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Interview:  Wipeout ,  Lemmings  Composer Tim Wright Opens Door To Indies

Interview: Wipeout, Lemmings Composer Tim Wright Opens Door To Indies Exclusive

September 20, 2011 | By John Polson

September 20, 2011 | By John Polson
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More: Indie, Exclusive, Audio



[Gamasutra talks with Tim Wright (Wipeout, Lemmings) about his Indie Music Incubator Support Scheme, along with two devs who worked with the renowned game composer to create memorable music for their small titles.]

From developers and users, music typically does not get the same kind of love and attention on "casual"-friendly platforms as on hardcore platforms. At least, that is what artist Tim Wright (aka CoLD SToRAGE) has essentially experienced.

In order to infuse memorable, unique music on newer platforms such as web browsers and smartphones, Wright has established the Indie Music Incubator Support Scheme (I.M.I.S.S.) to provide music and sound effects for low-budget casual and smartphone games.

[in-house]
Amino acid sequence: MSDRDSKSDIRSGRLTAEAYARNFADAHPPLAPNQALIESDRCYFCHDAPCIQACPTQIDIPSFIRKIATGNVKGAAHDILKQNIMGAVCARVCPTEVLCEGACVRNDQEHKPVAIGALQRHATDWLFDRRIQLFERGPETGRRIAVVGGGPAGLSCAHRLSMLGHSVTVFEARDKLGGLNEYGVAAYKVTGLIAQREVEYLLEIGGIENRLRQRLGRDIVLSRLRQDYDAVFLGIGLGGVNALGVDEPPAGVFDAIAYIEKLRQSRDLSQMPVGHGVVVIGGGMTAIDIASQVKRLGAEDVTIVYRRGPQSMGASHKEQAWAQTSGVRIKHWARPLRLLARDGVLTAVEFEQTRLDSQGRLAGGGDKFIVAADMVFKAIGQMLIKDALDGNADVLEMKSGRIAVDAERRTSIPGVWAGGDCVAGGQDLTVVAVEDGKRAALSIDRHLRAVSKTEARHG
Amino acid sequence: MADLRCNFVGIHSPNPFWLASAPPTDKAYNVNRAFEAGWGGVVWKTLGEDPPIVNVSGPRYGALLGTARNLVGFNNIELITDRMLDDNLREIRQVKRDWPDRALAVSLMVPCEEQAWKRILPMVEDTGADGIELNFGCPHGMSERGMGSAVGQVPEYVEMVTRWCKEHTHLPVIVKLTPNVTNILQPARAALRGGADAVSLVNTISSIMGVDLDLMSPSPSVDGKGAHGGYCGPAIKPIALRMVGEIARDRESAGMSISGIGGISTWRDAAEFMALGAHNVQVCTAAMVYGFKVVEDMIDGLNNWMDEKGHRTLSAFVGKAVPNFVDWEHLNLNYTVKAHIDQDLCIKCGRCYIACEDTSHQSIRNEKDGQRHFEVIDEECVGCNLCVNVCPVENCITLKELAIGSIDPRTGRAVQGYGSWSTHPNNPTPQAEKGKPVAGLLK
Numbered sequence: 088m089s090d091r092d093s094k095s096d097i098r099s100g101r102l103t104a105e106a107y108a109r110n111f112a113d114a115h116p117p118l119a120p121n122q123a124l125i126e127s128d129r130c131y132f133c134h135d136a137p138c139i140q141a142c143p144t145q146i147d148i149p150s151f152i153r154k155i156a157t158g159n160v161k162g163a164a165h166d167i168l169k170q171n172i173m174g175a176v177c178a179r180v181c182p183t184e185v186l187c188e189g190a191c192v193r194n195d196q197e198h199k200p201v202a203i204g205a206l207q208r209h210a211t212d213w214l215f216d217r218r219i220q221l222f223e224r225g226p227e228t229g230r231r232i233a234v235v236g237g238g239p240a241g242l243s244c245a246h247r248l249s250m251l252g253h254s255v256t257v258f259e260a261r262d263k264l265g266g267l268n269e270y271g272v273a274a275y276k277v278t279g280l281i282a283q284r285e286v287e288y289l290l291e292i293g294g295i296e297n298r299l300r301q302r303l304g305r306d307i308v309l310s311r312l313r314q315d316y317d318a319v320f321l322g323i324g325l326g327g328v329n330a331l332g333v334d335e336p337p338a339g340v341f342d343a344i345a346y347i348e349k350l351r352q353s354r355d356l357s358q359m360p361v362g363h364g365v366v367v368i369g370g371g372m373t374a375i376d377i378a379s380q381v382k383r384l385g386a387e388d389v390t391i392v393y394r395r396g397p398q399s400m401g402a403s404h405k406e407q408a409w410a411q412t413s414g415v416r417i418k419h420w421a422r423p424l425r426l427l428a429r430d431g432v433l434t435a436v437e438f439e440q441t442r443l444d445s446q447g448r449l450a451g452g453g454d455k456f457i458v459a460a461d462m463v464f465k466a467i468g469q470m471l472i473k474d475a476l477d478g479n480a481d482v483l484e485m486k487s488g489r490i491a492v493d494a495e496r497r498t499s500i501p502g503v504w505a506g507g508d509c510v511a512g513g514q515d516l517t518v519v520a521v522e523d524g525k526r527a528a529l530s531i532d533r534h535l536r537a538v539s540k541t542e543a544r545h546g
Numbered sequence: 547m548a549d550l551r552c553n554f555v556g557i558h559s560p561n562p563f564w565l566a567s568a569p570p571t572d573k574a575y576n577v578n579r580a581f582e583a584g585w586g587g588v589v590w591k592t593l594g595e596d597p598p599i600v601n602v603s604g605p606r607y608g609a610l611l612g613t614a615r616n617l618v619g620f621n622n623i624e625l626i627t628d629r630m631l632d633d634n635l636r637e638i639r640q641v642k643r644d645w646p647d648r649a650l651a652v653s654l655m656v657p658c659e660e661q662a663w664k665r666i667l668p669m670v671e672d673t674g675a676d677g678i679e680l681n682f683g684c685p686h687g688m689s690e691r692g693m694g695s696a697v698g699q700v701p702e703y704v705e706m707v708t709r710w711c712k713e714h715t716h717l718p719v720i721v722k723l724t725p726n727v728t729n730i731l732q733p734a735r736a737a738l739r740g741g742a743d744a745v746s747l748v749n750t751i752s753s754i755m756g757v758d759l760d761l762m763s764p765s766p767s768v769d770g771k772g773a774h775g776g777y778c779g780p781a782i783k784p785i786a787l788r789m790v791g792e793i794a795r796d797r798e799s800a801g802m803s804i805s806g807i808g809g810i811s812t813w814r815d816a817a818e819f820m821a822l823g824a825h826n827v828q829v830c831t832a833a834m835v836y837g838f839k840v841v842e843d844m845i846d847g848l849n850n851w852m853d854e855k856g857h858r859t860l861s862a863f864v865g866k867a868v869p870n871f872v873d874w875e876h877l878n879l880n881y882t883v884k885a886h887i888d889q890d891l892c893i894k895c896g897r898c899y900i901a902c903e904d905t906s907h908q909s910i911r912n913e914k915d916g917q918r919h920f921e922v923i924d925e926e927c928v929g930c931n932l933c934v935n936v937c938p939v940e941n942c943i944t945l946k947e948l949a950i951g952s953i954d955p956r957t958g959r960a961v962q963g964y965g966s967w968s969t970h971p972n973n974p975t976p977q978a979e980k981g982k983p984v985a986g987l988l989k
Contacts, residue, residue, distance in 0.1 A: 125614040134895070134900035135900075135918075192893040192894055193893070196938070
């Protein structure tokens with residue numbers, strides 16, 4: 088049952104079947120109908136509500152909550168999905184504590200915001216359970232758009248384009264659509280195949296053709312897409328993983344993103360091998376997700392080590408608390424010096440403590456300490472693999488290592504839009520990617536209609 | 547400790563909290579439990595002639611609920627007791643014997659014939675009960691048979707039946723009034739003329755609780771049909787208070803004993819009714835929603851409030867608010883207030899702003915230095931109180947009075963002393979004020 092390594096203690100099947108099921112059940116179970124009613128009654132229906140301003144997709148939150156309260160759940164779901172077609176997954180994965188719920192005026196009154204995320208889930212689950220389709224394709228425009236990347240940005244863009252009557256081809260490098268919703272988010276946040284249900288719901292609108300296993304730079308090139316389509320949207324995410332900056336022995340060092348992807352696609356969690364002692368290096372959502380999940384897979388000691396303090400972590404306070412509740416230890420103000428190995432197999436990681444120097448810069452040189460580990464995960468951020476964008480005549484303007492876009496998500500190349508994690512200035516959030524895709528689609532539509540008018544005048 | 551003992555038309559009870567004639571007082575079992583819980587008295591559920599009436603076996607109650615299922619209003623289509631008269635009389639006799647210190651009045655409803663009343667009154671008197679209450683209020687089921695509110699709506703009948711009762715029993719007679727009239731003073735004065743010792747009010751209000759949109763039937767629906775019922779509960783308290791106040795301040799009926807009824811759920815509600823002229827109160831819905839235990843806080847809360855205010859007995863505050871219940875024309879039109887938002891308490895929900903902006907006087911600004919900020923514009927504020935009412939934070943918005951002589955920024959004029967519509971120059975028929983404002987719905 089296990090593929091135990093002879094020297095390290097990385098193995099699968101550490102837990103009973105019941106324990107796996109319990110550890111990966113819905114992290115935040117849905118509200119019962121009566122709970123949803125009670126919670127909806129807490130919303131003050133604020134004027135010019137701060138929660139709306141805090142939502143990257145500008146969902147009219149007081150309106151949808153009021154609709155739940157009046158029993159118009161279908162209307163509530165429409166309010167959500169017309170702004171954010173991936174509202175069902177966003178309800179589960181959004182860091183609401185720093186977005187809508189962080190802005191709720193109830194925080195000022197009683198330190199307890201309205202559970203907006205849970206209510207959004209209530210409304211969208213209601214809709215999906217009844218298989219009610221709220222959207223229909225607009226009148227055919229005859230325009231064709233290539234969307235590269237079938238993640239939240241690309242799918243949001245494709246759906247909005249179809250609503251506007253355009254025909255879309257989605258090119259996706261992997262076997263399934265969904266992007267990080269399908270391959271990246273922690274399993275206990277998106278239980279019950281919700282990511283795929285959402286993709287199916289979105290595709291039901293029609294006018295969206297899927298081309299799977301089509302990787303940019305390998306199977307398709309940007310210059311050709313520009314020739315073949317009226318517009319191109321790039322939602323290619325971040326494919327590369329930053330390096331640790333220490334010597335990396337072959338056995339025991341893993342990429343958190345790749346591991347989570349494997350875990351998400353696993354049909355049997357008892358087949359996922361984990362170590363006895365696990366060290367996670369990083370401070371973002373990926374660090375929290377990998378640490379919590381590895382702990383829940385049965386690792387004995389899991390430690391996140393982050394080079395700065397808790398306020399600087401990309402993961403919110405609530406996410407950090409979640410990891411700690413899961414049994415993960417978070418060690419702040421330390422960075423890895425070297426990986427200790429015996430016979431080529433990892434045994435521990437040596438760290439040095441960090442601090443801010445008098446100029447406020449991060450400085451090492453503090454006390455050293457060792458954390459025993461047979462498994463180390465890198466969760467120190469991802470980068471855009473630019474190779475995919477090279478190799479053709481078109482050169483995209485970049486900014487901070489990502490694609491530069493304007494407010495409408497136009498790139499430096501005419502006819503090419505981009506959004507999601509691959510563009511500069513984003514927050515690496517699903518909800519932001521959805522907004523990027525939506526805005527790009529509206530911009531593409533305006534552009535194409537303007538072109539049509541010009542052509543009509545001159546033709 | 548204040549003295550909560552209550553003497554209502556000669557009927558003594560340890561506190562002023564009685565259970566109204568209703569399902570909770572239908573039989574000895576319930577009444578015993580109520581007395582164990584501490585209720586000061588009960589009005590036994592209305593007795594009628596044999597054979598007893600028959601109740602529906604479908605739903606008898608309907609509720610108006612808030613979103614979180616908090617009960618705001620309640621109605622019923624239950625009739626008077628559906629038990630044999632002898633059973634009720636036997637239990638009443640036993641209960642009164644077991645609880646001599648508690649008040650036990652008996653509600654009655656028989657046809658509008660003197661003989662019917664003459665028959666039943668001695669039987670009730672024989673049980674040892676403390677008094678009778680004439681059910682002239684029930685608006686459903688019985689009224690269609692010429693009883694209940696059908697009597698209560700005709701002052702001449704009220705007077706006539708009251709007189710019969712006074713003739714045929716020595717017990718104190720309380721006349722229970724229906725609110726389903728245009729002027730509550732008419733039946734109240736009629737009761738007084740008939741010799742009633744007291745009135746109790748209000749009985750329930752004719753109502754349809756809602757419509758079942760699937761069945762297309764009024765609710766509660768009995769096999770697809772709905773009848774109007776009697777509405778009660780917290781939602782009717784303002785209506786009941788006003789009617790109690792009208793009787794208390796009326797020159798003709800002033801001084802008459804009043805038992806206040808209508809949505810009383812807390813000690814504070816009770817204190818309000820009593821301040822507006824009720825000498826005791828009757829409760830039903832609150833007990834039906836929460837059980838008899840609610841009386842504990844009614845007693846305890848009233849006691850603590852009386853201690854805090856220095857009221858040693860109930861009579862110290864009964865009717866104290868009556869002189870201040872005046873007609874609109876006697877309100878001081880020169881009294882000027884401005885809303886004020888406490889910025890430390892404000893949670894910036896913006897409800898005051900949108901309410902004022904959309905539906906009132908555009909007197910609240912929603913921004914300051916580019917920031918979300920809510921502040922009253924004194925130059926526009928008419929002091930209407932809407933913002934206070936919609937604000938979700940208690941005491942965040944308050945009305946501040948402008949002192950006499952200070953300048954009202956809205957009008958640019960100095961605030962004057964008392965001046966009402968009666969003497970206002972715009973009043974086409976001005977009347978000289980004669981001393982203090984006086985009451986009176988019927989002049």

Wright's contribution to the budding generations of gamers via I.M.I.S.S. will be but a chapter in the artist's anthology of creations. His commercial game music contributions began in 1989, and he gained particular fame from PC soundtracks such as Shadow of the Beast II & III and Lemmings, and PlayStation hits such as Wipeout and Colony Wars.

Over the past several years, Wright has been managing and creating multimedia content under his Tantrumedia Limited label. Under that same label, Wright has worked on several I.M.I.S.S. projects, which he explains in more detail below.